this is my first post as i only discovered the david scanner and community today in fact, i haven't even tried david out yet! so forgive in advance my ignorance...
anyway, I was wondering about 3d scanning for a while and some web-searches brought me here. I was interested to read the david technical paper, and then found this active community, which was a nice surprise.
via this forum, I found a link and youtube video to the work of
Song Zhang - http://www.math.harvard.edu/~songzhang/ - and I spent the afternoon reading his phd thesis on phase-shift imaging.
I don't know anything about camera calibration, computer vision, etc, but I am a good programmer (from the games industry) and after reading about his thesis, it seems that phase shift technique (which in his case is capable of realtime capture in 3d at 120 frames per second! see http://www.youtube.com/watch?v=DiY45jALWjE
and in fact the technique seems to me to be very easy to program -at least in an approximate, rubbish, 'homebrew' style. a simple implementation would not be attempting to solve all the interesting and hard parts that for example david solves, eg shape matching, absolute geometry scale, etc. however basic 'heightfield' type output seems possible as a short term project.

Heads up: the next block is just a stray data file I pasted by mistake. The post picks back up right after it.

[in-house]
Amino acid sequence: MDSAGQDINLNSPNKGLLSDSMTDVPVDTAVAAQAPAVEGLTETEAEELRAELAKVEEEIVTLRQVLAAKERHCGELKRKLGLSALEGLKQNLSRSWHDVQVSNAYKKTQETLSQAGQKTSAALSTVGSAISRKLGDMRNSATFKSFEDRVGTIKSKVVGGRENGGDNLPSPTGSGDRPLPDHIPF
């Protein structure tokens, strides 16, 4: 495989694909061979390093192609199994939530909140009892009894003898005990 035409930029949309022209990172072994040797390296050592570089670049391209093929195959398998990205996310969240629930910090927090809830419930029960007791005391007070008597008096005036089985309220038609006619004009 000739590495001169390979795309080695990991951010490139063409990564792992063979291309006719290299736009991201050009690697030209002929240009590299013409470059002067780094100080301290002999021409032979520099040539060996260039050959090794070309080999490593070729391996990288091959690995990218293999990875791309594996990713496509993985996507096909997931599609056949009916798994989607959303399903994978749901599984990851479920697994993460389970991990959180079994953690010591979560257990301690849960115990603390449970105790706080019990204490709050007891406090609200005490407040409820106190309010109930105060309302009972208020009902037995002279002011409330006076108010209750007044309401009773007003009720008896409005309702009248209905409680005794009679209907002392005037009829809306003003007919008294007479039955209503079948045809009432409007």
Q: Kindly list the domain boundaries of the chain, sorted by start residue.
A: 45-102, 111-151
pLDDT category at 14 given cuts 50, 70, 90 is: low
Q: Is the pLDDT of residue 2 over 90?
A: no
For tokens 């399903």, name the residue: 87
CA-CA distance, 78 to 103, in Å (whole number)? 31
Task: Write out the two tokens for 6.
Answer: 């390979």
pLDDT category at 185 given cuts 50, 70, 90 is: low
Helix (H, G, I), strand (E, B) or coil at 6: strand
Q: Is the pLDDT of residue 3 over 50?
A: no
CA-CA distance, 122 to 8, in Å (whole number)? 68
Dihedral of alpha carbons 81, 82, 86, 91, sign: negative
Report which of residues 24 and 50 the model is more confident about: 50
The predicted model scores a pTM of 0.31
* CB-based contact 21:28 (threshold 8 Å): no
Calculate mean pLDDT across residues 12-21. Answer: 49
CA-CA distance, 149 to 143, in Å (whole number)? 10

has anyone here tried this, and if not, I think I might give it a go (free time permitting - and lack of a working projector not withstanding)! any input or thoughts on pitfalls / any already existing successful or failed attempts at things like this / etc appreciated.
mm_alex wrote:I spent some time this saturday coding, after borrowing a video camera and a projector last week
here is my first attempt. it's from 3 640x480 greyscale video frames of 3 fringe patterns, taken from a single front view. (the model is shown here from the side so you can see where the scan 'ends' due to shadowing)
there are large systematic errors leading to the 'ridges' on the model, which should be removable by more careful calibration of the camera's gamma curve. and I'm doing no filtering for noise or outliers at all. still, it's promising for only a few hundred lines of (disgusting, horrible, magic-number-ful) c code.
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